One of Canada's most venerable religious charities has been told by the Canada Revenue Agency that it can no longer work for justice in the world.
Agency officials conducting a political activities audit on the Canadian Unitarian Council said the broad statement in the council's bylaws is too vague.
"Vague purposes are ambiguous and can be interpreted in many different ways," the agency said in a compliance letter, which includes other demands more than a year after the audit was launched.
The Canadian Unitarian Council's bylaws were accepted by Industry Canada when the Toronto-based charity submitted them for approval in 2013.
But the warning three years later from the CRA's auditors forced the group to rewrite its bylaws at a May meeting in Vancouver, purging any reference to "justice" or "social justice."
"I have been extremely concerned about this audit process," the council's executive director, Vyda Ng, said in an interview. "It started in January of 2015. We're in the middle of 2016. We're still in the process."
Many charities targeted by CRA's political activity audit program, begun in 2012 under the Stephen Harper government, had expected relief from the Liberals, who campaigned on a promise to set charities "free from political harassment."
But those expectations soured in January when Revenue Minister Diane Lebouthillier said the 24 political activity audits underway would continue without interference from the new government. She also said notices of revocation of charitable status issued to another five groups would not be rescinded.
The only relief was that political activity audits set to begin on six unidentified charities, and held in abeyance during last year's federal election campaign, would be cancelled.
The Canadian Unitarian Council was a vocal critic of the Harper government — raising objections to trade, pipeline and prison policies, for example — as were many of the 60 charities targeted in the $13.4-million political activities audit program.
The first wave of audits in 2012 hit environmental groups who had been vilified by Conservative cabinet ministers for opposing the government's energy policies. The net was later broadened to include poverty, international-aid and human-rights organizations.
'I do wish the government would stop these audits, like, right now.' - Vyda Ng, executive director, Canadian Unitarian Council
The Canadian Unitarian Council has annual revenues of less than $1 million, and in 2014 issued just $84,355 in receipts for tax deductible donations. Legal costs for the CRA audit hit $38,000 in 2015, and continue to rise this year.
"I do wish that the government would stop these audits, like, right now," said Ng. "It has cost me many, many, many hours of work. … It has also cost us a lot of money that we haven't budgeted for."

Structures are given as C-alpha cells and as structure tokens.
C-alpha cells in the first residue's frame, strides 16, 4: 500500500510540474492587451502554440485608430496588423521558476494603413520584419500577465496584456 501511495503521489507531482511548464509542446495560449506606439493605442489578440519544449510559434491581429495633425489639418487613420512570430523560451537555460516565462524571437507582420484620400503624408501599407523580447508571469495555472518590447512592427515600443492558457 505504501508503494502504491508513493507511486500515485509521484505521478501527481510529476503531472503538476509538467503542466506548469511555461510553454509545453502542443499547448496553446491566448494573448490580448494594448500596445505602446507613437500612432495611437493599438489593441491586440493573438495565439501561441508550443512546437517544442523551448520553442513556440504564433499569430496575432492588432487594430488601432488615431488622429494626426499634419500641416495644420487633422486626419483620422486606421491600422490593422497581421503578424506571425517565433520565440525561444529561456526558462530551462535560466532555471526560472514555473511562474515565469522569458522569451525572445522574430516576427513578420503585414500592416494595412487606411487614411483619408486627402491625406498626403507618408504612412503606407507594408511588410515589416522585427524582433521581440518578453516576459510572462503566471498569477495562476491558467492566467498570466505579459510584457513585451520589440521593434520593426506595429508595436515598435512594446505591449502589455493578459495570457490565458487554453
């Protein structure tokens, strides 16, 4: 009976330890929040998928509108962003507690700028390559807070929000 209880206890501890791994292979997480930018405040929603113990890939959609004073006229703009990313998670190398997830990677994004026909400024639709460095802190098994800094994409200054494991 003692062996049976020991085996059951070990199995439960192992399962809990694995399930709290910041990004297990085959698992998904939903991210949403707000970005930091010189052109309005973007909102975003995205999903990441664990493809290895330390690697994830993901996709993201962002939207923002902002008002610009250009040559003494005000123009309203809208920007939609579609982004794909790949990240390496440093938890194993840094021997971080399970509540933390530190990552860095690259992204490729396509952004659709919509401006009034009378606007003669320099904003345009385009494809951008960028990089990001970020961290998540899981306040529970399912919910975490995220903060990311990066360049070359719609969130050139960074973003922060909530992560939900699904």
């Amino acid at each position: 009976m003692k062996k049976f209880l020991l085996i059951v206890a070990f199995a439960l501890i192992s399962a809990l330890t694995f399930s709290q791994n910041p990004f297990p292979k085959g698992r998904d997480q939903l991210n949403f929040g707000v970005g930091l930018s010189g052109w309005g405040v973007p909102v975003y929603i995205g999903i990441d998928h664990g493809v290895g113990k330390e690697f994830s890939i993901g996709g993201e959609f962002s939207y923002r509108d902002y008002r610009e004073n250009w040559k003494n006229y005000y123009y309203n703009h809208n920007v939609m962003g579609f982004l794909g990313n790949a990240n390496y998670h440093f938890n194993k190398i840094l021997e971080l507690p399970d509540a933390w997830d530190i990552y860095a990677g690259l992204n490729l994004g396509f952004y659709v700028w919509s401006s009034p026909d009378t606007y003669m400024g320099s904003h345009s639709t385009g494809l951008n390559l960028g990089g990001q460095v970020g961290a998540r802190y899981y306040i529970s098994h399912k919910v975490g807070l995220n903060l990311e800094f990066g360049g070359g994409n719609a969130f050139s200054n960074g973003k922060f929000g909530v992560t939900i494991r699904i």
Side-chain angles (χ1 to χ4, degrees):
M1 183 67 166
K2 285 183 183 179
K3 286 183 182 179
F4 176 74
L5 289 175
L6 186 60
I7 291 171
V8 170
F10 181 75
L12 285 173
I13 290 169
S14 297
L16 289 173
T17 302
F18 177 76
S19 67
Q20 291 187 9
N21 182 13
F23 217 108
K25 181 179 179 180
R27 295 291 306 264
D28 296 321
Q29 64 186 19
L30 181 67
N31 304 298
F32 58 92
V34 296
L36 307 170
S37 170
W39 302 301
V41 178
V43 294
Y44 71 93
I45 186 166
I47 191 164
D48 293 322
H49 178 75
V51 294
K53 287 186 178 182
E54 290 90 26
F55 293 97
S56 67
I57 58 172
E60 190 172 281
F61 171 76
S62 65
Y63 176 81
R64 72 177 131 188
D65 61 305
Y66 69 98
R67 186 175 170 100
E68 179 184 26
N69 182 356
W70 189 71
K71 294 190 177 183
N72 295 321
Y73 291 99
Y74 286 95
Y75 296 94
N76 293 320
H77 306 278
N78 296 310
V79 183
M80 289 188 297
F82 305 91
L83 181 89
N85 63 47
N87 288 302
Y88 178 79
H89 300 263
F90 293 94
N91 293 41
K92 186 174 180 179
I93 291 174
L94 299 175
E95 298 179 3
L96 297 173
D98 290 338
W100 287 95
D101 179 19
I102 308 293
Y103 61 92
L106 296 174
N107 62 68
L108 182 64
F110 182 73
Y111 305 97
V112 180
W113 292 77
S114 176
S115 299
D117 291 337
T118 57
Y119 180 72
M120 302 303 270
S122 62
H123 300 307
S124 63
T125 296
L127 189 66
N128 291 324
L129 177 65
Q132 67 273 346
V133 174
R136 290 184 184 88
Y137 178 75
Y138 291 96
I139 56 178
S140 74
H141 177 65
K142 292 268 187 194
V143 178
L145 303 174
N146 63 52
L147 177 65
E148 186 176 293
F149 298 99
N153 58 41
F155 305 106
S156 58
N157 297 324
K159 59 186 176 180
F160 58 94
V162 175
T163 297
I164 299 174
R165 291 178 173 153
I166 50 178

Ng declined to discuss other demands by CRA auditors, but said she expects the process to be concluded by the end of July.
The group asked its law firm whether it could insert "promote justice and human rights practices" to replace the forbidden "work for justice in the world," but it was nixed.
"CRA could also find promoting human rights to be a political purpose which is not allowed," said the firm Carters Professional Corp., which specializes in charity law.
Margaret Rao, who heads a non-profit affiliate of the group, said: "We still work for social justice; we just don't spell it out."
She calls the audit a "royal pain."
"There are repercussions of what was started during the Harper regime [that] continue today," Rao said in an interview.
The CRA previously challenged the wording of the charitable purposes of at least two other groups — Oxfam Canada and Credit Counselling Services of Atlantic Canada Inc. Both were told they cannot work for the "prevention of poverty," which is considered political, but can "alleviate poverty," which is charitable. Neither charity was subject to a political activity audit, though.
A spokeswoman for the CRA declined comment, citing confidentiality provisions of the Income Tax Act that prevent the agency from even confirming whether or not a charity is under audit.
But Jelica Zdero said that as of the end of June, there were 16 political-activity audits still underway.
6 given notice
Of 38 completed audits so far, only one found no problems. Six charities have been given notice the agency intends to revoke their charitable status, one of which – Environmental Defence – has self-identified and is appealing the decision. At least four of the others are also appealing.
In March this year, more than a dozen groups launched a letter-writing campaign and petition to end the audits, saying the Liberals have failed to deliver on their campaign promise.
But Lebouthillier says the CRA's Charities Directorate must operate independently.
"I cannot and will not play a role in the selection of charity audits or in the decisions relating to the outcomes of those audits," she said earlier this year.
On June 6, the minister promoted the head of the Charities Directorate to become a deputy assistant commissioner, working in the agency's legislative policy and regulatory affairs branch.
Cathy Hawara, previously with the Privy Council Office under then Prime minister Harper, had managed the political activities audit program since its inception in the 2012 federal budget.
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